Making Millionaires: Birmingham
It’s a Thursday afternoon in the UK’s beautiful Second City, and the Imaginary Millions crew are taking in the 1900s redbrick opulence of Methodist Central Hall, a grade II listed building that’s gone from place of worship, to nightclub, to derelict, soon to be repurposed as a luxury hotel and ‘gastro-hall’ in a multi-million pound council-backed development. Across the road, we’ve just set up shop in Café Artum, a slick and simple record shop-art space-community hub-café on the outskirts of the city centre, initially launched with a £10,000 of crowdfunding. Connecting people in physical spaces with progressive music via independent culture is intrinsic to Café Artum, and at Imaginary Millions, that’s what we love to do too.
So after we’d chowed down on Hip Hop-themed food from OPM (Original Patty Men, ofc) and had a dig through the records, our posters were up on the wall, the instruments plugged in and tuned up, we’re knocking back some exquisite coffee and in the team huddle - all essential pre-gig activities for getting on the same wavelength - holding hands and taking deep breaths before jumping into the stream again.
Within minutes of the opening set (all instrumental) the Unexpected Guests started ramping up the gears, trading melodies and rhythms between the trio, passing the proverbial spotlight between gritty group grooves and expressive floating solos. Ella and I caught each other making these partially confused, partially enthralled, totally wide-eyed faces at each other trying to work out why we were grinning so hard, and why this music was affecting us so immediately and implicitly, and just how all of this was happening.
I set off on a sentence trying to work out how to express the emotions that couldn’t be held discreetly in our faces or privately in our minds, scrambling for a word combination to communicate the joy of it all, the release of tension, the familiarity of being at home with the music, and the daunting responsibility of providing vibes for people’s evenings.
I blurted something like - “Rah, that we get to do this, to create music with super talented musicians who happen to be our friends, to travel to beautiful cities as a crew, and to have these shared experiences with whoever walks through that door or jumps on that mic, that’s fully mad……When it’s good, it’s good. ” Where it took me a twisting sentence, I felt Ella nail it in a hook later on in the night -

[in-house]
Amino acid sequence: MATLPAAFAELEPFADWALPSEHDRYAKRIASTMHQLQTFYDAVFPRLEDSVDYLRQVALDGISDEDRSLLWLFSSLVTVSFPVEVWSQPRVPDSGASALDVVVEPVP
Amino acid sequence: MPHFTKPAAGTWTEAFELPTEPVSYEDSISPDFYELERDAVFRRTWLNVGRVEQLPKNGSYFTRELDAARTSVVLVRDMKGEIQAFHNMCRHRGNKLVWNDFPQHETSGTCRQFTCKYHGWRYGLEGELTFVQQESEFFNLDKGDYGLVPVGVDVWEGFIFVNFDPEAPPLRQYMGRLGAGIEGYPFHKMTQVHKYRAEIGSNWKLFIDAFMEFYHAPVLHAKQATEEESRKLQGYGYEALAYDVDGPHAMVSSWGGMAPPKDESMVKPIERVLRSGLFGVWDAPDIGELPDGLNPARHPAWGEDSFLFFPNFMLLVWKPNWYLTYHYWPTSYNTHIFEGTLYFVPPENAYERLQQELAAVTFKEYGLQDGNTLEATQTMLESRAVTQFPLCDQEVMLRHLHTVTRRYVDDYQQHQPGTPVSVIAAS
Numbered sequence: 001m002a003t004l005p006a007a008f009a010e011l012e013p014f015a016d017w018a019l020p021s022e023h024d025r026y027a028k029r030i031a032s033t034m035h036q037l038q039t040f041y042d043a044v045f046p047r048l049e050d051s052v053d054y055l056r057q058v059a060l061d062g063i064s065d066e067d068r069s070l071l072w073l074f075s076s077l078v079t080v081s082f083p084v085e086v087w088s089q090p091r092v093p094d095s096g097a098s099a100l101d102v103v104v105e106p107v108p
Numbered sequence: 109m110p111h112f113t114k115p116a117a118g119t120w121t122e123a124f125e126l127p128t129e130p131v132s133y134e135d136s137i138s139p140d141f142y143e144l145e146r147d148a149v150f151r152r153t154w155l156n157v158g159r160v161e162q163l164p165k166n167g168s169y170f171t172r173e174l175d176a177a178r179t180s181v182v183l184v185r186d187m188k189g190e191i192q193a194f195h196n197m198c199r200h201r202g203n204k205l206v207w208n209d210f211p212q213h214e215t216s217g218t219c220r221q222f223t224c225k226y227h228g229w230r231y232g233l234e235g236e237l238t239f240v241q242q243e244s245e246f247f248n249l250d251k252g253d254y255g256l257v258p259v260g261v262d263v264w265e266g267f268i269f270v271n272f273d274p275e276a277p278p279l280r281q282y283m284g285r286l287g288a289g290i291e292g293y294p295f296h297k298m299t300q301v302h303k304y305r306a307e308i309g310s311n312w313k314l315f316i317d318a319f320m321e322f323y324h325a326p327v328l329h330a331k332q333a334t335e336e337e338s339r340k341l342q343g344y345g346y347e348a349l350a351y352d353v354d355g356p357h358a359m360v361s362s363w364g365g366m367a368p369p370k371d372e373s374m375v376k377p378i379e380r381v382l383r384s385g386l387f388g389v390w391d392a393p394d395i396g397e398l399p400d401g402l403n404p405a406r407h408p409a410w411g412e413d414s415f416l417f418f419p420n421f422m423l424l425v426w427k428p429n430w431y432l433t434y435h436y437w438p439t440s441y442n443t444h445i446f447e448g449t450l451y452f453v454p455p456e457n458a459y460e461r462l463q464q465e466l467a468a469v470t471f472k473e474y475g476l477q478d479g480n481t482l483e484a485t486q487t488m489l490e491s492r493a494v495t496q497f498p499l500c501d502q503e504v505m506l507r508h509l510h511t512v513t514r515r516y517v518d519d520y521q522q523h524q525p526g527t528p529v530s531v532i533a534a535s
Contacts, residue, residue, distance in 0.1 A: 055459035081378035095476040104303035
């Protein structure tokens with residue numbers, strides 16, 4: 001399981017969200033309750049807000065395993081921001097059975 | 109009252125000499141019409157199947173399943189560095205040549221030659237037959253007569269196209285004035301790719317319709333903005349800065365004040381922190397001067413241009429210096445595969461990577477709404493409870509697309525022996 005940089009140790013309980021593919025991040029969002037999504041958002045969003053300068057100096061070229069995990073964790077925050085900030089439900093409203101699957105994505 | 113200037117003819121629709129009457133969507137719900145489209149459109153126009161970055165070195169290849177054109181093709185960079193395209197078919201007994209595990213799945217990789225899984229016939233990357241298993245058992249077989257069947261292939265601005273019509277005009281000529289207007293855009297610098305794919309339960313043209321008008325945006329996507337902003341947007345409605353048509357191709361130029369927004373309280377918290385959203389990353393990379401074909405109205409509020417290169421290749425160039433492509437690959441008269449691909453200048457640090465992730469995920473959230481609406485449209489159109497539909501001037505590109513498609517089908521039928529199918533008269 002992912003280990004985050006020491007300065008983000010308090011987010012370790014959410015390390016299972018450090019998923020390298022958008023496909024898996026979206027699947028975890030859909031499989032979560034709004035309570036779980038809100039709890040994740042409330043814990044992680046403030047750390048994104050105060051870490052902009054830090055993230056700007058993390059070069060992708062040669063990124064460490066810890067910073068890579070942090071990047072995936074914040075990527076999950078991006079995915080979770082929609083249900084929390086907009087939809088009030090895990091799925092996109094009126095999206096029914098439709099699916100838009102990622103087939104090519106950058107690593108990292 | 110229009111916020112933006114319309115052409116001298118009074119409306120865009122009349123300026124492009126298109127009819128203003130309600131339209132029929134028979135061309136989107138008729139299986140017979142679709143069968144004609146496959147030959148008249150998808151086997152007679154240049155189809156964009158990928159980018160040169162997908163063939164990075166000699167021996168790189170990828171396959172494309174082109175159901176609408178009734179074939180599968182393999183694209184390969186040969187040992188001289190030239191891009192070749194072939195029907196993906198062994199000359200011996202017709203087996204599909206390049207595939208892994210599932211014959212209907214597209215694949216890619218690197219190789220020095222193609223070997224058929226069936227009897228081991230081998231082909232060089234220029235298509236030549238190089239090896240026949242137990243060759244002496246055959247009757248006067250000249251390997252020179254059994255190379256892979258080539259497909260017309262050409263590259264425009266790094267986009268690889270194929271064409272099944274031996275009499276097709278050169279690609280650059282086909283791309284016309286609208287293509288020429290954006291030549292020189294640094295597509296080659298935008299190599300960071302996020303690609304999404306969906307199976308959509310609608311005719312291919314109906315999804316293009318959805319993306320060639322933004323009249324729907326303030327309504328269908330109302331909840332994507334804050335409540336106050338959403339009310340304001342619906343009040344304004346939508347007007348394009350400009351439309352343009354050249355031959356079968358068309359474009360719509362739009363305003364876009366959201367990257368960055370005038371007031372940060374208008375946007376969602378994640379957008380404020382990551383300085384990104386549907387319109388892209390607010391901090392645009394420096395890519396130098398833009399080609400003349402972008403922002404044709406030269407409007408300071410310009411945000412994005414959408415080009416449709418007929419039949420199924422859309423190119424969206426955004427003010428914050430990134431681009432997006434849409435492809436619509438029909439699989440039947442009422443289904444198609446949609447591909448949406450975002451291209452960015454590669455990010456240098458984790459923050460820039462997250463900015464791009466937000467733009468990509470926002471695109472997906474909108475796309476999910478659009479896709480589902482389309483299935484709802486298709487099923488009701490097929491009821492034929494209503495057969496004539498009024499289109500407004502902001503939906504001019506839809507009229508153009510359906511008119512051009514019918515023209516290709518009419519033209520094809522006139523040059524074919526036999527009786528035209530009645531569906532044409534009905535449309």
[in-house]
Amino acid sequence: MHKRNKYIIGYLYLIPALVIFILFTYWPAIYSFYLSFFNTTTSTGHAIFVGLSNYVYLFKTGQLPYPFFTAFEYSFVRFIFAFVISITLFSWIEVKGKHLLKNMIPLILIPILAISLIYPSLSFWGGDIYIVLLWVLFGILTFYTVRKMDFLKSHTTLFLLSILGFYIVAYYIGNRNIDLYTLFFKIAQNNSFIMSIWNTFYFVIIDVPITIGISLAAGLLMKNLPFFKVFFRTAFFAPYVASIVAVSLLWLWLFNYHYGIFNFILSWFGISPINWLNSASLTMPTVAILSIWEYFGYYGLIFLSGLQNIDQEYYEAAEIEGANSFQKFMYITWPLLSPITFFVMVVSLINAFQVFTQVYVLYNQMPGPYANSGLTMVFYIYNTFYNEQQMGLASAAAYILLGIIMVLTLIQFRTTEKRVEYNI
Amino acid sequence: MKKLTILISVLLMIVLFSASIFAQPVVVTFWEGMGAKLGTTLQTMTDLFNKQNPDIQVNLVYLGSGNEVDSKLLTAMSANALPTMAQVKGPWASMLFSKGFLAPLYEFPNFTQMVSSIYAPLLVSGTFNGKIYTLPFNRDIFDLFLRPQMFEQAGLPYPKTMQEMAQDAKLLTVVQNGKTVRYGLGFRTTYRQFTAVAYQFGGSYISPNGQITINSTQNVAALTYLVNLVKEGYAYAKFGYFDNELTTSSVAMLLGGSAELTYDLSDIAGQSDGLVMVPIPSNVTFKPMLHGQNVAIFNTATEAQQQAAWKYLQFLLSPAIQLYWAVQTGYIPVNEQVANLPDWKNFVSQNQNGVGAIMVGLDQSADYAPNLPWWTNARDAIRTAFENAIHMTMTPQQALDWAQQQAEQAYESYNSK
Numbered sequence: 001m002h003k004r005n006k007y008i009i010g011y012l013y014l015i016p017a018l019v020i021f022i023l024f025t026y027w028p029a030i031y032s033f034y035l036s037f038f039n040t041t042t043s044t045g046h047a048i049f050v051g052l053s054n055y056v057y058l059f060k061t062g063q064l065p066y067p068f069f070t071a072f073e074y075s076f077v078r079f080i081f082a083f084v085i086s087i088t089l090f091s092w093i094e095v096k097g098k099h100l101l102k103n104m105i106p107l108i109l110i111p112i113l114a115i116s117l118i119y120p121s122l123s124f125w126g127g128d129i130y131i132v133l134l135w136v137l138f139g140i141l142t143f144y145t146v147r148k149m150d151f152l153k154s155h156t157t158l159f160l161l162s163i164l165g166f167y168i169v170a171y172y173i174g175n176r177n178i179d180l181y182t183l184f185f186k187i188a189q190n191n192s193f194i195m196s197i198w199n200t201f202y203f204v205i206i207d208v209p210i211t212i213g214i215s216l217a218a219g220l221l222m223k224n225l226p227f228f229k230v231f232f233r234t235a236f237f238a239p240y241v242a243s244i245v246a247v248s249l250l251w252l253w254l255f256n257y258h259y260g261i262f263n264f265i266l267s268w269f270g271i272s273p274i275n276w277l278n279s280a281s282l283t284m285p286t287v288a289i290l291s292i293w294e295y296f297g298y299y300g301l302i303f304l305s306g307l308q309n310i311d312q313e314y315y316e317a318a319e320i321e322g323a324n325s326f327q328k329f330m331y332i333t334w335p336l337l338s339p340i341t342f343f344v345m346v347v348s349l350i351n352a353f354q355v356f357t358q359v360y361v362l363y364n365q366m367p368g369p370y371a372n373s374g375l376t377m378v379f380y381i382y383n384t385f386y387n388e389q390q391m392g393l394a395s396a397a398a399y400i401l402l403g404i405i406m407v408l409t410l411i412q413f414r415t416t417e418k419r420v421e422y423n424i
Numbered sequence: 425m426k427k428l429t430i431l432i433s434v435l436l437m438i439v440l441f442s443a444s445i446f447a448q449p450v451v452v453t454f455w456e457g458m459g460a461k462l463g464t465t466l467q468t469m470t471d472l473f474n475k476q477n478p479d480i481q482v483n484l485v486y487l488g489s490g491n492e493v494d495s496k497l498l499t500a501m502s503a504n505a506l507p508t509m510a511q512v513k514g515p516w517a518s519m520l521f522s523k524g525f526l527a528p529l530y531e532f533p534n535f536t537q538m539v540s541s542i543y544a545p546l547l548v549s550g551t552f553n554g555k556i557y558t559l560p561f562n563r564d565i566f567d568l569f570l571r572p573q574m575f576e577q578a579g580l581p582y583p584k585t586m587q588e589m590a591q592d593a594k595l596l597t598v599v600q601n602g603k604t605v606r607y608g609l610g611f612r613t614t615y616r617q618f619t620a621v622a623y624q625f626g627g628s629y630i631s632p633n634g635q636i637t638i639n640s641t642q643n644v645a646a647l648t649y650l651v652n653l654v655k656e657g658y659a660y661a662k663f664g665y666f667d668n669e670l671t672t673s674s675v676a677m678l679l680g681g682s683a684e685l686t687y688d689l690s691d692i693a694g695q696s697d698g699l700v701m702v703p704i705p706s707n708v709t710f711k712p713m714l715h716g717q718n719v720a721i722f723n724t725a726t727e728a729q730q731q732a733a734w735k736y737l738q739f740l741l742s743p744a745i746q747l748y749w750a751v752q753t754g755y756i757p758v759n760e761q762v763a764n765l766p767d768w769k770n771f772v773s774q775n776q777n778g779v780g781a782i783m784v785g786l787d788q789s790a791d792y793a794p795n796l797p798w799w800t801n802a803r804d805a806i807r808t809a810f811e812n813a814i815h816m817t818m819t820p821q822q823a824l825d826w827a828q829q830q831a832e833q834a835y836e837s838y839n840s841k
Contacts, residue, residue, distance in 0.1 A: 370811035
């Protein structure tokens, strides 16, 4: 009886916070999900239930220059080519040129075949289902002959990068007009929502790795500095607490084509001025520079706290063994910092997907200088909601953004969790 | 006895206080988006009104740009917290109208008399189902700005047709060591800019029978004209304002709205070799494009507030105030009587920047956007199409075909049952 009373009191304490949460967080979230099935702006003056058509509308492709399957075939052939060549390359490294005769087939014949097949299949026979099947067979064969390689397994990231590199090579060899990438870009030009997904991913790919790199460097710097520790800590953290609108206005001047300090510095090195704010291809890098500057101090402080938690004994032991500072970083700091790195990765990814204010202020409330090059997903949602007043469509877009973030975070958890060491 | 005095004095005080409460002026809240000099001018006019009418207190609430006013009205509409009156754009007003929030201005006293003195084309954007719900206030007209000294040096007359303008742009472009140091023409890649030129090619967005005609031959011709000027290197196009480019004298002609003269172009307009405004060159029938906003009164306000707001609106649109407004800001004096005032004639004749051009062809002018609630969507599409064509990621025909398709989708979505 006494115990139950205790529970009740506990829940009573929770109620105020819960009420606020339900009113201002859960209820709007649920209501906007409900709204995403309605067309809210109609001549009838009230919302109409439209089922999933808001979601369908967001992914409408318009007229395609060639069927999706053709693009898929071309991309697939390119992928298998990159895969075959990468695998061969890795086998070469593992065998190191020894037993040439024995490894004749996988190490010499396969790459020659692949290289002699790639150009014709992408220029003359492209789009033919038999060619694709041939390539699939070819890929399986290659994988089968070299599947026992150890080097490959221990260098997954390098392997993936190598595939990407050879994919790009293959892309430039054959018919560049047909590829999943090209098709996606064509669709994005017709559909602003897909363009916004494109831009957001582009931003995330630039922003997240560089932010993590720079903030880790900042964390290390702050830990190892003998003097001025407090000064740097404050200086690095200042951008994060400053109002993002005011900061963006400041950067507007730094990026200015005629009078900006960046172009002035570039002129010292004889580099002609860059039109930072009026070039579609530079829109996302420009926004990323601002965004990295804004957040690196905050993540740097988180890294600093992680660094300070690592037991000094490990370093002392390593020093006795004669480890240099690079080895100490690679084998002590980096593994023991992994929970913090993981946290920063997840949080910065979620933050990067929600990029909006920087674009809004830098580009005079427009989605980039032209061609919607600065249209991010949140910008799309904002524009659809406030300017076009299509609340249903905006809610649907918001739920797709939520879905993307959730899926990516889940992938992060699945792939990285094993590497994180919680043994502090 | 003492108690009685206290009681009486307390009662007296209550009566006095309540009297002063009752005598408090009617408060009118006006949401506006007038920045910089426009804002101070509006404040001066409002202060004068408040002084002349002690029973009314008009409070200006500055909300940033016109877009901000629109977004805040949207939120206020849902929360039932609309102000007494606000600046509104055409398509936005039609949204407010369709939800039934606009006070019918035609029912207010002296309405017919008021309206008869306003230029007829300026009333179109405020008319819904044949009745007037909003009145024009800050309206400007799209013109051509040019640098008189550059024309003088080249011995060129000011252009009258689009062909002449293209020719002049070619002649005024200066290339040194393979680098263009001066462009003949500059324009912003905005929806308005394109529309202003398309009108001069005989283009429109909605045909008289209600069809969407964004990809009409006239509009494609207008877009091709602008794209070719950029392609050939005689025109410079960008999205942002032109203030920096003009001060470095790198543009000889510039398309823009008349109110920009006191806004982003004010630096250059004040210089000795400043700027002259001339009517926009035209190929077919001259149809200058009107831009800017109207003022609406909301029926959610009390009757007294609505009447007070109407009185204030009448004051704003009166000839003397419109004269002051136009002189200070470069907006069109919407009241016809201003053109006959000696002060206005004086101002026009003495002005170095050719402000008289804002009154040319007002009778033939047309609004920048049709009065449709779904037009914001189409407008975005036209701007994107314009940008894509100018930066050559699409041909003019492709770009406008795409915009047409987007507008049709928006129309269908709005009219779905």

it’s about me, it’s about you,
it’s about how I feel right now
By that second set the vibe firmly settled in as deep as it ever did. With the floor-to-ceiling windows and the band pumping funk and soul that spilled out onto the street, the night was now being led by the words and poems of all-comers, and everyone in attendance was involved in reconstructing our homes again - that music like a portal to a place where we are together with each other and in harmony with ourselves. As the microphone passed from person to person we heard truths together, felt pain together, railed at divisive politics together, and sang together. We heard refrains like “This is the migrant’s march” repeated deep and soulful by Obi Soul, heard the truth that “none of this was written, except in our minds and in our dreams” from Jah-Mir Early, we saw readers encouraged by their friends to speak their poems aloud for the first time (like PoetCurious said, someone’s gotta lift the mic tonight, right?), and we saw poets who’d put down the pen return to performing with rapturous energy.
With every instance of us coming together with the same intentions, riding the same vibe, creating and sharing in these invaluable moments, spending our Imaginary Millions with anyone paying us their beautiful attention, whether it’s in London, Birmingham, Manchester or Amsterdam, the experience grows and gives back to all involved, because in these times, music is a life-giving, blood-pumping, tangibly real energy source. For now, Imaginary Millions continues to travel onwards, allowing us to delve further into our individual selves, and further out into the world. What’s possible from here?
- Written by The Repeat Beat Poet